When calling for people to view or when filming, I have found the animals to be most obliging, sometimes showing two or more times in the same week. They are very territorial and probably only puzzled/annoyed. In culling situations you have probably broken up the family group, often removing the very pregnant females, so I have found that an interval is often necessary for the group to reform. Fresh woodland is the most dramatically effective, so over-exposure especially from bad sites could make the animals call-shy for a long time and also manage to educate Roe occupying the same territory?
I have been through lean spells when the calling/sightings ratio was very poor. Having eliminated all the obvious reasons, i.e. weather, time of day, method, previous calling attempts, disturbance etc. I am convinced that something else can also be a factor. A relaxed, confident, comfortable approach to calling is usually rewarded whereas the opposite approach seems to act as a deterrent.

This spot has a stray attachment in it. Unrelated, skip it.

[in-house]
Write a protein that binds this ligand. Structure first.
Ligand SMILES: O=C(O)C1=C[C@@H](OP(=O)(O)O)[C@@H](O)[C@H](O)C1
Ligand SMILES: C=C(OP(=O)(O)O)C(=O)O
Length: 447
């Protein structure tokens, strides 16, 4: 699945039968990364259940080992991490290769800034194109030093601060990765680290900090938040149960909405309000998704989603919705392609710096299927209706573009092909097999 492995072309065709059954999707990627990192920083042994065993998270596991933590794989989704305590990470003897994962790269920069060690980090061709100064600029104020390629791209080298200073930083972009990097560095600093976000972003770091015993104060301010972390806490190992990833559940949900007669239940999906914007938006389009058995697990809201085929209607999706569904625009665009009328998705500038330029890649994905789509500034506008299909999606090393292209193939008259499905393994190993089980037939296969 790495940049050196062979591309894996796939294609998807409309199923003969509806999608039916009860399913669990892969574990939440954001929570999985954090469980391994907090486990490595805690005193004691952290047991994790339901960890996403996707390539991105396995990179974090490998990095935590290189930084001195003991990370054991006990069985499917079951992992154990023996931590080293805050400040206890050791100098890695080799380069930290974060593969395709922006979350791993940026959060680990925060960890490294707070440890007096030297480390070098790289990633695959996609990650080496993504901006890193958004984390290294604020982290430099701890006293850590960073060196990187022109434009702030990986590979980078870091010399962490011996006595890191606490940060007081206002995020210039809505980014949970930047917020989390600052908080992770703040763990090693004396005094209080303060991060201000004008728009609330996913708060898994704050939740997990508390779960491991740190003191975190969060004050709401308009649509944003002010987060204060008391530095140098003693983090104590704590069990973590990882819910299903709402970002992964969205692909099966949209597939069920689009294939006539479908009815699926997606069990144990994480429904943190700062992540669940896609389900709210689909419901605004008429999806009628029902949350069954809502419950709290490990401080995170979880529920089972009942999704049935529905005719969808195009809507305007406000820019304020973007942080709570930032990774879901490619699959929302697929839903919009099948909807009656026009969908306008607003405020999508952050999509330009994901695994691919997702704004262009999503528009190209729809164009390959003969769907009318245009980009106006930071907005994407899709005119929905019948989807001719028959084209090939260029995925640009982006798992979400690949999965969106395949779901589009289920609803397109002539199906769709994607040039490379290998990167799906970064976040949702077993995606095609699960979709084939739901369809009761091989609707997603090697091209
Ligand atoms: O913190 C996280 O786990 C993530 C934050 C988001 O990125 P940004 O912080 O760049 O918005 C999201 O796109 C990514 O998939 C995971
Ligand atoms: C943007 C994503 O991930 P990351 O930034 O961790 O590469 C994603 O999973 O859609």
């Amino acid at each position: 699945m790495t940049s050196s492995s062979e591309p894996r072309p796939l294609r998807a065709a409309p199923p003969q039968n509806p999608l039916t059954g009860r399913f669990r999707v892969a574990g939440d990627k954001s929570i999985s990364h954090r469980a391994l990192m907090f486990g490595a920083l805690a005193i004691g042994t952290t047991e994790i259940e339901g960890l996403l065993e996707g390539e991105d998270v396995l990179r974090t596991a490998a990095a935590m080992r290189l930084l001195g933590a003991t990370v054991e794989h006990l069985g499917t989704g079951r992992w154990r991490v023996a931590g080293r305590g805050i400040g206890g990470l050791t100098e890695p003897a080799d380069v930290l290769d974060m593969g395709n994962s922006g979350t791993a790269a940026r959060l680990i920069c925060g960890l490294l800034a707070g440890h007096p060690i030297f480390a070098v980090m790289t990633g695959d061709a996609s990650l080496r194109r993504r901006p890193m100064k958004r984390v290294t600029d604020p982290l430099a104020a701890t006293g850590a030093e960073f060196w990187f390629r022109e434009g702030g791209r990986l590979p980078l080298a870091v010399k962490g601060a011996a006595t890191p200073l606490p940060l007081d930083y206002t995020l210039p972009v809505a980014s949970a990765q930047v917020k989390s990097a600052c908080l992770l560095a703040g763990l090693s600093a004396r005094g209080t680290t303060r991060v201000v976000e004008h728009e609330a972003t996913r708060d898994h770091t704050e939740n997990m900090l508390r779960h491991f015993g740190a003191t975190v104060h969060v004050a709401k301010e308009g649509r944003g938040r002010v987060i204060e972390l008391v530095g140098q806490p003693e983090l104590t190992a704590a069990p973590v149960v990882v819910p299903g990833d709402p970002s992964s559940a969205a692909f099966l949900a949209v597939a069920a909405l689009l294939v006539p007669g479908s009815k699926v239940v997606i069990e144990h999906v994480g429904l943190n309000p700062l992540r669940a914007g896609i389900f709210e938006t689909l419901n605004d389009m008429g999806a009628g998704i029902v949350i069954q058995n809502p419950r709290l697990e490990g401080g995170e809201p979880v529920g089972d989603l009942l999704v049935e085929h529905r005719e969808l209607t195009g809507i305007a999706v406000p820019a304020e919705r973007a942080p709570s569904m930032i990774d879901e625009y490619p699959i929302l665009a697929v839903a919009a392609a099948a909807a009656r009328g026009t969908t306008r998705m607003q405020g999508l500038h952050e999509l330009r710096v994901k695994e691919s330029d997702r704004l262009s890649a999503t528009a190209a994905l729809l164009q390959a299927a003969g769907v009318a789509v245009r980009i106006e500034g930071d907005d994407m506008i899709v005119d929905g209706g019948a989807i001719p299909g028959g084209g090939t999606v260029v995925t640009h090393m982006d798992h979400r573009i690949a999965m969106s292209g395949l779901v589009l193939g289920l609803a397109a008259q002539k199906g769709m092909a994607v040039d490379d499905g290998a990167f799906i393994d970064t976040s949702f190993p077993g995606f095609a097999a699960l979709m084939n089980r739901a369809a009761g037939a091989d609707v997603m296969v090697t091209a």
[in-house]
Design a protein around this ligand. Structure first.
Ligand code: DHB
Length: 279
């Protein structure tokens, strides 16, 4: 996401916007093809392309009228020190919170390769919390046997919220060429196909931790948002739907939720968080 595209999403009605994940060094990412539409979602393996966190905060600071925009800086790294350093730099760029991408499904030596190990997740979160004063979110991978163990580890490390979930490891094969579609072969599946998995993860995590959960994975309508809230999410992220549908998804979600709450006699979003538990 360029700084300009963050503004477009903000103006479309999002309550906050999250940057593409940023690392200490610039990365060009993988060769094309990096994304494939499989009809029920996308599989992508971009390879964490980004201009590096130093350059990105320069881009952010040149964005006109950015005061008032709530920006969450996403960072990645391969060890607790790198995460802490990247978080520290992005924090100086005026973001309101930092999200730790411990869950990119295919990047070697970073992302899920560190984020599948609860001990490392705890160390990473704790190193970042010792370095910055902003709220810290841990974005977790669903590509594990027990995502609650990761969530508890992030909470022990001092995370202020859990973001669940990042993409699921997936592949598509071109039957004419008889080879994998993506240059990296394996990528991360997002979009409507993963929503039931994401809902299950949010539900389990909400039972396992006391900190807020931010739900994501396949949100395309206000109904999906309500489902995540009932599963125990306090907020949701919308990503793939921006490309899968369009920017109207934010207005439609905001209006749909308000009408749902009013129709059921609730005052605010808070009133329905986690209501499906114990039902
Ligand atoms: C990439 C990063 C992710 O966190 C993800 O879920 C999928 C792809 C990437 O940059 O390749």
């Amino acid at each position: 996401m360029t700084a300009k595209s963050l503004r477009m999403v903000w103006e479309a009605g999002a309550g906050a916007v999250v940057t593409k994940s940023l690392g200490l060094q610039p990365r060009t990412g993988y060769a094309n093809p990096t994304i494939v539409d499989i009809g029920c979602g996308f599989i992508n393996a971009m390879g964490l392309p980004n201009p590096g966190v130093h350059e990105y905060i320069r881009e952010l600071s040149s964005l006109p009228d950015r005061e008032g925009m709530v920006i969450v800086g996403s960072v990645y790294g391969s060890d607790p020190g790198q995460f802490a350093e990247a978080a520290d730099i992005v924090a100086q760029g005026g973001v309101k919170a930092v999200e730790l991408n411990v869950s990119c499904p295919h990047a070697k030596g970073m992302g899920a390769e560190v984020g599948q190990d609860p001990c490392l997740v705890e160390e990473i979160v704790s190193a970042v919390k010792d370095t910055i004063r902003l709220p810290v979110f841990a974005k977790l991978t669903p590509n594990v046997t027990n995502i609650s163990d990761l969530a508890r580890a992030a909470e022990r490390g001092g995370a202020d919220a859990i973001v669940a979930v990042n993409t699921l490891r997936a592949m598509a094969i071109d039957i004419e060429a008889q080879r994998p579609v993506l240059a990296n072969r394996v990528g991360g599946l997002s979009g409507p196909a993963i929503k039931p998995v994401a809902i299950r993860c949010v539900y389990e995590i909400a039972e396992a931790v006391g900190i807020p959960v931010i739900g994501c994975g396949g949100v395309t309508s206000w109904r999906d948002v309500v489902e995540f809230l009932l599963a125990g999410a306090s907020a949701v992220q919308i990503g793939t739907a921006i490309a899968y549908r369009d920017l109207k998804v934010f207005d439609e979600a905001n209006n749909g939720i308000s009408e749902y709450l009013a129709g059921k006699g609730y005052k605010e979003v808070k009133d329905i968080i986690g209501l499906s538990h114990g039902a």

An initial response to the article on calling was that it would attract defending does and could cause a lot or orphans and suffering. This was a reasonable response from someone who had never experienced calling muntjac as the call sounds like a distressed fawn. In practice ‘rushes’ from protecting does don’t happen that often, but are quite dramatic and there is plenty of time to identify the doe’s status. As far as a sex/response ratio to calling is concerned, I think it is 2 or 3 bucks responding with a viewing for every doe. This may indicate more of a territorial response than a protective one?
Waiting a while before and after calling can help in many cases; allowing disturbed animals to return before calling and the often unseen starers to move and show themselves when calling stops.